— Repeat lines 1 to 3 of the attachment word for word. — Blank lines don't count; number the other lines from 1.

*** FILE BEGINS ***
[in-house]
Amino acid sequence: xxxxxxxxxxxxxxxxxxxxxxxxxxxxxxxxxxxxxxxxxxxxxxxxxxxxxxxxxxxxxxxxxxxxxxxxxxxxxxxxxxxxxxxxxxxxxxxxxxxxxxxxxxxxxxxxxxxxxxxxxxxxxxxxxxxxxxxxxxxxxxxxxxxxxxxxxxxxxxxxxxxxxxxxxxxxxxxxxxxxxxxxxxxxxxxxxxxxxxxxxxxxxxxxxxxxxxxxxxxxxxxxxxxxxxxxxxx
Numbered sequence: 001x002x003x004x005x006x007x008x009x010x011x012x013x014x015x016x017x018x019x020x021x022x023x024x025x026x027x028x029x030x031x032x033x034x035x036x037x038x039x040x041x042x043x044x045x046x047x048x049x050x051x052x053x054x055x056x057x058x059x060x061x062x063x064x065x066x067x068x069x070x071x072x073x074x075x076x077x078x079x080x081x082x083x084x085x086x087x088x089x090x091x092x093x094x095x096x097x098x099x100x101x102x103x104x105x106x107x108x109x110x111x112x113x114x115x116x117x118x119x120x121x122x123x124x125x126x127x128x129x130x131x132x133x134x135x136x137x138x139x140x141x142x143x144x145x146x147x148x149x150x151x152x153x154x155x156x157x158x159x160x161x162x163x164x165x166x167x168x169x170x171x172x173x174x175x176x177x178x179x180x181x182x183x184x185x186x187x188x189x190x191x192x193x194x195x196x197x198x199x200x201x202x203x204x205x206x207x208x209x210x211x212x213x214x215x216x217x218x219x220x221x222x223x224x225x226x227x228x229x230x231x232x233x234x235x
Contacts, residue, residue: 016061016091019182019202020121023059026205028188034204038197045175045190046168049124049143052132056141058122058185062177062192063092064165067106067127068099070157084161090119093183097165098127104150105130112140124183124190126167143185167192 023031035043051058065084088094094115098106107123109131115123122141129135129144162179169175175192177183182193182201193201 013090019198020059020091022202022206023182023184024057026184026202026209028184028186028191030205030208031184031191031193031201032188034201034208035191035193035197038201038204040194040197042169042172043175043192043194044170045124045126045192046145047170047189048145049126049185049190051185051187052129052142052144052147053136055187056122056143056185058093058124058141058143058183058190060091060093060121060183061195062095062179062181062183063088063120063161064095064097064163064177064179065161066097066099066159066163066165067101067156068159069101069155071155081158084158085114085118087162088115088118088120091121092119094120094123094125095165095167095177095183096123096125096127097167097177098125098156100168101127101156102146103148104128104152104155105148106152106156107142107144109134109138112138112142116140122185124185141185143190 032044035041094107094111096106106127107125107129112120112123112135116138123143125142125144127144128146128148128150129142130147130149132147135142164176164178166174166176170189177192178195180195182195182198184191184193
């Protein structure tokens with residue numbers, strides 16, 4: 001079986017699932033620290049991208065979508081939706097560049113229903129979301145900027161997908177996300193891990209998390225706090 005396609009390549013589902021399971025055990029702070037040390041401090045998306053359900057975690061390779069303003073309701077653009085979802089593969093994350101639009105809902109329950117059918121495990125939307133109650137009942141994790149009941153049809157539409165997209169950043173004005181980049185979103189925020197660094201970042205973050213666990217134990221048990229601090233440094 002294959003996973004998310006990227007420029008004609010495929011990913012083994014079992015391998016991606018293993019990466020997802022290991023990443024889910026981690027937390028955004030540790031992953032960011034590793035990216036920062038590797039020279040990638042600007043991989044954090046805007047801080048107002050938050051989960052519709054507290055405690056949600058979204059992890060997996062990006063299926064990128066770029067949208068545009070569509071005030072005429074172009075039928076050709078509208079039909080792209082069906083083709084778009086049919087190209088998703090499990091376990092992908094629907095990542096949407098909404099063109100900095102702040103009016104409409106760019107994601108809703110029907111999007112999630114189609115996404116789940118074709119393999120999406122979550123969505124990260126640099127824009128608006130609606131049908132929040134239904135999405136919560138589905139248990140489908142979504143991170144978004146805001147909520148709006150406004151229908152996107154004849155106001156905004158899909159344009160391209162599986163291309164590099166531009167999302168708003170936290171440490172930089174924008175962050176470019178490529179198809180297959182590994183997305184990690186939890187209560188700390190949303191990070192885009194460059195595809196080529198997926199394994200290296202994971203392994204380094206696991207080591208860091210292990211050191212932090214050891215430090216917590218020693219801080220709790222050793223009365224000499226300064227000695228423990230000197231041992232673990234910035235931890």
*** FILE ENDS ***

[in-house]
Amino acid sequence: xxxxxxxxxxxxxxxxxxxxxxxxxxxxxxxxxxxxxxxxxxxxxxxxxxxxxxxxxxxxxxxxxxxxxxxxxxxxxxxxxxxxxxxxxxxxxxxxxxxxxxxxxxxxxxxxxxxxxxxxxxxxxxxxxxxxxxxxxxxxxxxxxxxxxxxxxxxxxxxxxxxxxxxxxxxxxxxxxxxxxxxxxxxxxxxxxxxxxxxxxxxxxxxxxxxxxxxxxxxxxxxxxxxxxxxxxxx
Numbered sequence: 001x002x003x004x005x006x007x008x009x010x011x012x013x014x015x016x017x018x019x020x021x022x023x024x025x026x027x028x029x030x031x032x033x034x035x036x037x038x039x040x041x042x043x044x045x046x047x048x049x050x051x052x053x054x055x056x057x058x059x060x061x062x063x064x065x066x067x068x069x070x071x072x073x074x075x076x077x078x079x080x081x082x083x084x085x086x087x088x089x090x091x092x093x094x095x096x097x098x099x100x101x102x103x104x105x106x107x108x109x110x111x112x113x114x115x116x117x118x119x120x121x122x123x124x125x126x127x128x129x130x131x132x133x134x135x136x137x138x139x140x141x142x143x144x145x146x147x148x149x150x151x152x153x154x155x156x157x158x159x160x161x162x163x164x165x166x167x168x169x170x171x172x173x174x175x176x177x178x179x180x181x182x183x184x185x186x187x188x189x190x191x192x193x194x195x196x197x198x199x200x201x202x203x204x205x206x207x208x209x210x211x212x213x214x215x216x217x218x219x220x221x222x223x224x225x226x227x228x229x230x231x232x233x234x235x